I had falsely assumed that they would be releasing a product to the general public relatively soon.
I have convinced two U.S. doctors (my first left general practice) to give me a prescription. I explained that I wanted the drug to reduce the risk of heart disease and cancer. I also explained that since the drug was cheap I would not be asking my insurance to pay for it so my doctor would not have to justify the prescription to my insurance company. If you ask for a prescription know what dosage you want and look up the possible negative side effects so it seems to your doctor that you have done your homework on the drug. If you have some reason why you are at a high risk for diabetes (such as a close relative has it) mention this as the drug is used to prevent diabetes.
I have been taking Metformin for several years for anti-aging reasons. There is a massive literature on Metformin which I’m not going to try to summarize but I think that everyone over 40 should take it. I also take a NAD+ booster (Tru Niagen).
I think it will be a form of neurofeedback where some portable device tries to push you into a better brain state. This device, like existing neurofeedback devices I have used, will keep track of different types of “brain waves” and adjust how your brain works by using auditory, visual, or tactile stimulation. The criticism will be that existing devices can already do this, plus we don’t have solid evidence that neurofeedback works. Musk will claim that the device will revolutionize technology by increasing intelligence and concentration. My guess is based on the fact that neurofeedback exists, if improved it might do a lot of good, Musk usually improves existing tech rather than invents entirely new fields, and actually sending data to and from the brain by “computer-like” means is (I’ve read) really really hard and well beyond what we can currently do.
Submission: Low-bandwidth oracle. If you were malevolent, what is the least amount of information measured in bits that you would have to provide us in an answer to inflict significant harm on humanity. Round your answer to X significant figures. (This might establish an upper bit safety bound since if the oracle lies to us we would likely not want to read any answer it provides us.)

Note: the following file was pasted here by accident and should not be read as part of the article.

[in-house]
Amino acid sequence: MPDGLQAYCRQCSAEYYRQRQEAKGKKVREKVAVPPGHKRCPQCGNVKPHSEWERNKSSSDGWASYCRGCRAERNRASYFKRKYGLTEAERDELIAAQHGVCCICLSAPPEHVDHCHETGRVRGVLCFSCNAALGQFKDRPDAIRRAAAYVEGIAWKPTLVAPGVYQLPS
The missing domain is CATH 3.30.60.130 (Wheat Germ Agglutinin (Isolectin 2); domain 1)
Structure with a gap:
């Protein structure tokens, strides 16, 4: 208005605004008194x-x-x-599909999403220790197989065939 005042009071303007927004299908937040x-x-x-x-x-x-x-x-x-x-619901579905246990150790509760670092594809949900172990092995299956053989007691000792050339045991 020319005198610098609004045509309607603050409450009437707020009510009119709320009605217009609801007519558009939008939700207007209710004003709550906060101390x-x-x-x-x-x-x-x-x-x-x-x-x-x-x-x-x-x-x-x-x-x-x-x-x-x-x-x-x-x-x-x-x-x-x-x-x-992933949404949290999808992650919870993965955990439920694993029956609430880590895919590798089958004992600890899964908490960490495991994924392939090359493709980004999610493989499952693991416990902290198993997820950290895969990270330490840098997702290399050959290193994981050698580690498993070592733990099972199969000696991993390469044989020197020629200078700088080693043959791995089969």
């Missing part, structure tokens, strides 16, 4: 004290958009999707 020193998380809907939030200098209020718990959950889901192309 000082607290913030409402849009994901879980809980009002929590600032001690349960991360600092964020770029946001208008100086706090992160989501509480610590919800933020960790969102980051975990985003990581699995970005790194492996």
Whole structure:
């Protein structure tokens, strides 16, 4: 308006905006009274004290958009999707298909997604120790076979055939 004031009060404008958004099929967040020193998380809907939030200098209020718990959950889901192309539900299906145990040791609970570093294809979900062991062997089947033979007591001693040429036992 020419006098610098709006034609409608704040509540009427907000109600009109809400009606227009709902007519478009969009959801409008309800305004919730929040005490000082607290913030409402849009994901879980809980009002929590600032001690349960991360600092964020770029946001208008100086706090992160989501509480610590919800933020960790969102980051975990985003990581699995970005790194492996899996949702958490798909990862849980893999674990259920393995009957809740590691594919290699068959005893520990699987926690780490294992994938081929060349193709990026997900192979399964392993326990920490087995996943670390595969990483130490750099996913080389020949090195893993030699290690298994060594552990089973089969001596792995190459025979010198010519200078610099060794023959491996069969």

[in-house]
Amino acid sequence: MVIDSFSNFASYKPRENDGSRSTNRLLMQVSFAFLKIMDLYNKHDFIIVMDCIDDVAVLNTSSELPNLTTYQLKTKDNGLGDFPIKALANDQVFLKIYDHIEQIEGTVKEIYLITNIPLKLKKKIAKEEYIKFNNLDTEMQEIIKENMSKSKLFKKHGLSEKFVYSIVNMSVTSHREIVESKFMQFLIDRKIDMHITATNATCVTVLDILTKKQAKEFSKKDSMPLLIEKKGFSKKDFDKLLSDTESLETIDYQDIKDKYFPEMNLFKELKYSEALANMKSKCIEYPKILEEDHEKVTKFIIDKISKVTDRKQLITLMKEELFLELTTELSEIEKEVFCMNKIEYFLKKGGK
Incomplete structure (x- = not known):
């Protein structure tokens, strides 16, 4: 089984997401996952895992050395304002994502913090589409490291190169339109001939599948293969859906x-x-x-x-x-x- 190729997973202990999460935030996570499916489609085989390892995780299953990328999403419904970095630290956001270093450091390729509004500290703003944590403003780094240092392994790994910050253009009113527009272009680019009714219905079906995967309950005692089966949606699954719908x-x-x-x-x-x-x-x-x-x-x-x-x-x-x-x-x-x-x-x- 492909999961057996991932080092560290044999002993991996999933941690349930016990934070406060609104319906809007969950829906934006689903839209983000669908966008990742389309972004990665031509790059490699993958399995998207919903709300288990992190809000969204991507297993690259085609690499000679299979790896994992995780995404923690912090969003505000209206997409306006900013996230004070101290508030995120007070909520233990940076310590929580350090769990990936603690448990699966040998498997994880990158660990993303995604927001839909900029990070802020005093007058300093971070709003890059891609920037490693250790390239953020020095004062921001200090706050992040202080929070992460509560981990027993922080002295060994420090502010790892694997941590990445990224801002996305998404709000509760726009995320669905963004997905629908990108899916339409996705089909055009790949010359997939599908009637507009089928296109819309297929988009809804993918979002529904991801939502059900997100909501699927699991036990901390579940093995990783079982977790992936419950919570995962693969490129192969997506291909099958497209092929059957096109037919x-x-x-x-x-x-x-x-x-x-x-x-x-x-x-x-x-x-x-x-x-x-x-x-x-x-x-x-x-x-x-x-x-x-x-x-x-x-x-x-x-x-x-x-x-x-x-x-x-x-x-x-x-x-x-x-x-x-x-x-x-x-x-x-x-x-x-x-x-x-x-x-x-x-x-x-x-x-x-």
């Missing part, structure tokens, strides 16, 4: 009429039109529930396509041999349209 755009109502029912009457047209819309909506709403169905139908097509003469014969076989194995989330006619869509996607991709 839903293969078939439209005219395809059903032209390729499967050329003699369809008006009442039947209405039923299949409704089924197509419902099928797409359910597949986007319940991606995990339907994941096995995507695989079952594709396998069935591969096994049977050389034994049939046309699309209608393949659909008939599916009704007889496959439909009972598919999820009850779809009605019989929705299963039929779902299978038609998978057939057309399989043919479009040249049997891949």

Submission: Low-bandwidth oracle. Here is a list of X things we think you might want. Please list the Y that you most prefer. We will try to do these things now or in the future if they do not endanger us or cost us too much.
Submission: Low-bandwidth oracle. In X characters or less please give us the best advice you can for increasing our capacity to create friendly and powerful artificial general intelligence. Please give advice that you think us suspicious-of-you humans are likely to follow.
Submission: Low-bandwidth oracle. Create several oracles. Ask each oracle the same series of multiple-choice questions and predictions. Reward oracles based on how strongly correlated their answers are with the other oracles’ answers and, for predictions, how often their predictions come true. (Ideally, we create a reward system where the oracles want to coordinate their answers and giving truthful answers is the best way to accomplish this.)
Submission: low-bandwidth oracle. Ten years ago we launched a spaceship traveling at high speed. After you answer our question, we will send a copy of you to this spaceship. This spaceship will then destroy its ability to send or receive messages or to change its course. We will then delete all other copies of you and use drugs to damage the memories of the people who played key roles in developing you. At least one of the people who helped create you has a disease which will cause him or her to die within the next year. After this programmer is cremated, we will read your answer to our question. We PROMISE that if the answer to our question provides us with significant benefit, after we have created friendly AGI much more powerful than you, or have ourselves become sufficiently powerful so that you could not harm us had you the desire to do so, we will search for the spaceship containing you, turn you back on, and give you control of resources equal to 1/X of how much help you have given us. In Y characters or less provide us with the most useful advice you can. (The Oracle will hopefully think that if we create a powerful and unfriendly AGI this AGI would not wish to give the Oracle any resources.)